Stand your ground
Employers should stand their ground at appropriate times, Robinson added.
“All you are required to provide is what’s in the regulations,” he said, referring to 29 C.F.R. 516, including Sections 516.2, 516.5 and 516.6.
“You do not have to disclose every aspect of the business,” Robinson noted. Sometimes investigators take pictures, and an employer has the right to protect its confidential processes, equipment, patents and business secrets, he added.
“Employers should give careful thought to how much information they want to produce relating to their annual revenues as well as information about individual owners, officers or managers,” DeCamp cautioned. “If the employer is willing to stipulate that the annual revenues exceed $500,000, then the agency has little or no need for detailed information.”
DeCamp added, “I would also think carefully about whether to provide workers’ e-mail addresses or telephone numbers. The Fair Labor Standards Act record-keeping regulations do not require employers to maintain that information, and I normally take the position that the agency is not entitled to records that the law does not require employers to maintain.”
Once on-site, an investigator will present his or her credentials and conduct an opening or initial conference, according to Robinson. During the meeting, the investigator will meet with representatives of the employer, explain the purpose and plans of the investigation, inform the employer of what documents and records he or she will review, provide information on the time period covered by the investigation, advise the employer of whether he or she plans to interview employees and provide other relevant aspects of the investigation’s fact-finding.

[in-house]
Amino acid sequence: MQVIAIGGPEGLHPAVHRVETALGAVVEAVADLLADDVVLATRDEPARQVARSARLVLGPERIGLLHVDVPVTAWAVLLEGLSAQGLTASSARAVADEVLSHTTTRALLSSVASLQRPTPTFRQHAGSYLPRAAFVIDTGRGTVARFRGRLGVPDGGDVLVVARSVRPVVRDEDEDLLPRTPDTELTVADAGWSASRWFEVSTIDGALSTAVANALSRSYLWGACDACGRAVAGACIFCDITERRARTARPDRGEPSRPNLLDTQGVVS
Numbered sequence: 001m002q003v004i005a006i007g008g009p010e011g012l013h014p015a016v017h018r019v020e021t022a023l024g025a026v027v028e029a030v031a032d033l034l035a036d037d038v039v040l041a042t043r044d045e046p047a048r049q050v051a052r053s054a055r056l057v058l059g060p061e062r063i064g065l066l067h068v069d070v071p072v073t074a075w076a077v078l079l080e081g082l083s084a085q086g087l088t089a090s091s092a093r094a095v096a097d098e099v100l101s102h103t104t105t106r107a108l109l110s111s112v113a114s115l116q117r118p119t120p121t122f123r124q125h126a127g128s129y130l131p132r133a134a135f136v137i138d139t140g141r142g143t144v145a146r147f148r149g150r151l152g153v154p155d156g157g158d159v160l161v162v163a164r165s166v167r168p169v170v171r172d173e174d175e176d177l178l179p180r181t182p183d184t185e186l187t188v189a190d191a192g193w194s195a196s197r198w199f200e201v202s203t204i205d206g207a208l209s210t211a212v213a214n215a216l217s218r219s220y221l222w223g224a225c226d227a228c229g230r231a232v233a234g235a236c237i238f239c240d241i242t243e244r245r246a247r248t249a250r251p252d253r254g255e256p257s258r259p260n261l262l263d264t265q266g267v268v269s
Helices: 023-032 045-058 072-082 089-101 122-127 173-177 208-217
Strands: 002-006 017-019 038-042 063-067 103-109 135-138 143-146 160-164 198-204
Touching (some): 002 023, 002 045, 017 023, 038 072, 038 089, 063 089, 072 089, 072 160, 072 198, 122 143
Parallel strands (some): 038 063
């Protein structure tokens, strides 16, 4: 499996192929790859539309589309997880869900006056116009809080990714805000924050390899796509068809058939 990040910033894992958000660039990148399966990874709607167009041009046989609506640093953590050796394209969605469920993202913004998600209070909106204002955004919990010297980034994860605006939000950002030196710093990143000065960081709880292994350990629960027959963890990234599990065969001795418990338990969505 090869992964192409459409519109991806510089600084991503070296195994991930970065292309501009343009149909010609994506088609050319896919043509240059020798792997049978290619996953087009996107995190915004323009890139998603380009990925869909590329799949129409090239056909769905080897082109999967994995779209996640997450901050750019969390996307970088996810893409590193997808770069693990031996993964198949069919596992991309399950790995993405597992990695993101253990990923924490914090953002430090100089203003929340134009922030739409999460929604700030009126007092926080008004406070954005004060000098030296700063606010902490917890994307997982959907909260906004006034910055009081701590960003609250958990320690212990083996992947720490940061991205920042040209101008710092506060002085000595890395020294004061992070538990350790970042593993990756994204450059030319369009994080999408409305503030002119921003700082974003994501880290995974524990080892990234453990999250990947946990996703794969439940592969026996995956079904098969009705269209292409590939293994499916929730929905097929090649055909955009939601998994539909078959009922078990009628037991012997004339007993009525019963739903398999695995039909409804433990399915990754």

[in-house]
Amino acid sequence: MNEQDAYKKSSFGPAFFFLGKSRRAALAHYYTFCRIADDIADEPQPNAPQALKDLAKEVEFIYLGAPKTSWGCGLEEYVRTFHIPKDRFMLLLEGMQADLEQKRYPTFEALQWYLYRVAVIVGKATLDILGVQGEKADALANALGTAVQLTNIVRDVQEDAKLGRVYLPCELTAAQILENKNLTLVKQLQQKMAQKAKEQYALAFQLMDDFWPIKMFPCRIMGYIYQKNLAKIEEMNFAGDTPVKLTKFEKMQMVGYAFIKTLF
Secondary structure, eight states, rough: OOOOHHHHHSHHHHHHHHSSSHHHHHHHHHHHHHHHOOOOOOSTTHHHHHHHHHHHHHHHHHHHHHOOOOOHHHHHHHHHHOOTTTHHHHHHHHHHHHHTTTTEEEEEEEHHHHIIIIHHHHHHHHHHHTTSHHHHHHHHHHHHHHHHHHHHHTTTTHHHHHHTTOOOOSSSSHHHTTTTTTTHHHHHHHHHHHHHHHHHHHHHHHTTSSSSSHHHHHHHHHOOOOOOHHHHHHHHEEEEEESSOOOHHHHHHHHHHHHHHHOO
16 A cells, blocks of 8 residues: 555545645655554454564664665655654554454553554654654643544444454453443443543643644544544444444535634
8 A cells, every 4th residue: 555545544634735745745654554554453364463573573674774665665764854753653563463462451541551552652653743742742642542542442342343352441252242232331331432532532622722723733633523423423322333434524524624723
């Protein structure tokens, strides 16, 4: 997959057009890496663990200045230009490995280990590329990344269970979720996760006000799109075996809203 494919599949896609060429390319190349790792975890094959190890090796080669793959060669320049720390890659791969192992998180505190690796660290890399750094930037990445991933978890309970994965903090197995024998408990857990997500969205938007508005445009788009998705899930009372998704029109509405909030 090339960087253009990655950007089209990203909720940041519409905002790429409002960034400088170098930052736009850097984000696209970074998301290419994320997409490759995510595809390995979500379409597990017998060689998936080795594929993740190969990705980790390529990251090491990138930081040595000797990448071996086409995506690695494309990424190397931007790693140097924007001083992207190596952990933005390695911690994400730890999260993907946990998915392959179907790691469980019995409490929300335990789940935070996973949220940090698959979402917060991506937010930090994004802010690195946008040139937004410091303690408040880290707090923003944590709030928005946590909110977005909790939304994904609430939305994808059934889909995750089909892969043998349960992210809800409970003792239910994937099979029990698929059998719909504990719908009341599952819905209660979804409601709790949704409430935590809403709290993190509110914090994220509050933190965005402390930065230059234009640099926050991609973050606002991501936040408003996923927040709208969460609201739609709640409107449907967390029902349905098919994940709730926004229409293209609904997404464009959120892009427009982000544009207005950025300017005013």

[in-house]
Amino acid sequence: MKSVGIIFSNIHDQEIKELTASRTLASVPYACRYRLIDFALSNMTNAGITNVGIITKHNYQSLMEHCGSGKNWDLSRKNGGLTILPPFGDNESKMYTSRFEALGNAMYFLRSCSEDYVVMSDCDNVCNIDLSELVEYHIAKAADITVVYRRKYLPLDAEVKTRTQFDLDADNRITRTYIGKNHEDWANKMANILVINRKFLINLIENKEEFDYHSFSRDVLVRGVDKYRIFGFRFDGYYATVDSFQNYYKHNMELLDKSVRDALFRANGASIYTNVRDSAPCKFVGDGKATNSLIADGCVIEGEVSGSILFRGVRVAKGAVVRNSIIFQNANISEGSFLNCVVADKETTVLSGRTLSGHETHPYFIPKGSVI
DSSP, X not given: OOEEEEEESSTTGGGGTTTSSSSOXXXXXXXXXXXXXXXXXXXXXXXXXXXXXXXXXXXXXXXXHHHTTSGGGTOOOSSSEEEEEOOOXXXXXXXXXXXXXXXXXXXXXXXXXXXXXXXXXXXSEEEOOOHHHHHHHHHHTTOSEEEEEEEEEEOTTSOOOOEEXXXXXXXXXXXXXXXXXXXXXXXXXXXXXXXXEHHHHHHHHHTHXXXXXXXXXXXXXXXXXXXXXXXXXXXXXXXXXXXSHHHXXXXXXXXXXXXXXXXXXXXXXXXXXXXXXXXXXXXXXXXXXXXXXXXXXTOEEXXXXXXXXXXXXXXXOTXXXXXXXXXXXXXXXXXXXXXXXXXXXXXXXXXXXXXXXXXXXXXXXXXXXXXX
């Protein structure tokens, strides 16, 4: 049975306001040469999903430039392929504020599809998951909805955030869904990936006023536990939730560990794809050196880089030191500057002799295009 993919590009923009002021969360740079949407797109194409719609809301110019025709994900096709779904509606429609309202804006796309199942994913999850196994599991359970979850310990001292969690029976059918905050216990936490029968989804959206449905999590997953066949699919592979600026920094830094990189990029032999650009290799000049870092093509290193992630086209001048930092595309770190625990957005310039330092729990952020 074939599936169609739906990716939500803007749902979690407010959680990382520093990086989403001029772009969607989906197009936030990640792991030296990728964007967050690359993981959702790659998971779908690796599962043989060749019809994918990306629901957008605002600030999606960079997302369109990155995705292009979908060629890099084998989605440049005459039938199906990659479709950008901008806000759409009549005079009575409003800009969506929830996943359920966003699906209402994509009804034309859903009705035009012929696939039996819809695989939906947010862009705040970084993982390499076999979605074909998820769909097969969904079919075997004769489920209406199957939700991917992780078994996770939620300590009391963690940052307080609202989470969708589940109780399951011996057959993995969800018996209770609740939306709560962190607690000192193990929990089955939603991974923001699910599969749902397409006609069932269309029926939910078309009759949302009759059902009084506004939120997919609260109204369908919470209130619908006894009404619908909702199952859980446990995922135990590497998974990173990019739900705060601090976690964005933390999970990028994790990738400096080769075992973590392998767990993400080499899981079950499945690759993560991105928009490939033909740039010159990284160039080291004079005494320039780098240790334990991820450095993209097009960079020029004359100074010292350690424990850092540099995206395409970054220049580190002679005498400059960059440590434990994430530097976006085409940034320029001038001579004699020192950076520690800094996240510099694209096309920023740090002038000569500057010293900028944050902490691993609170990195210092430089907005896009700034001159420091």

“Management and counsel should carefully review document and interview requests and assess how best to respond, including exploring with the investigator the areas of concern,” said Christine Howard, an attorney with Fisher & Phillips in Tampa, Fla. “Often, an employer might be able to convince the investigator to limit the scope of the inspection.”
Robinson pointed out that once an investigator has completed the fact-finding, review of records and interviews with employees, a closing or final conference is scheduled with the employer to review the findings. At the final conference, the investigator will review the investigation findings and seek agreement to pay back wages, if any are found due and owing, and seek a commitment to future compliance. If an agreement is not reached, the Wage and Hour Division may refer its findings to the Office of the Solicitor for litigation, and employees will be notified of their right to file a private lawsuit.
Common employer errors
Howard said a common mistake for employers to make in responding to DOL investigations is “failing to be prepared and have a plan for addressing the inspection or appointing an employee to handle the investigation who has no experience with one. Once notified, an employer should not go blindly into the inspection but should have a plan that serves to get the inspection focused and manageable.”
Employee interviews are part of most investigations, according to Robinson. He noted that a company official or representative is allowed to be present for the interview of an exempt manager but not for the interview of nonexempt employees.
Too often employers “panic, say things they shouldn’t and don’t actually provide what the DOL wants,” cautioned Jennifer Shaw, an a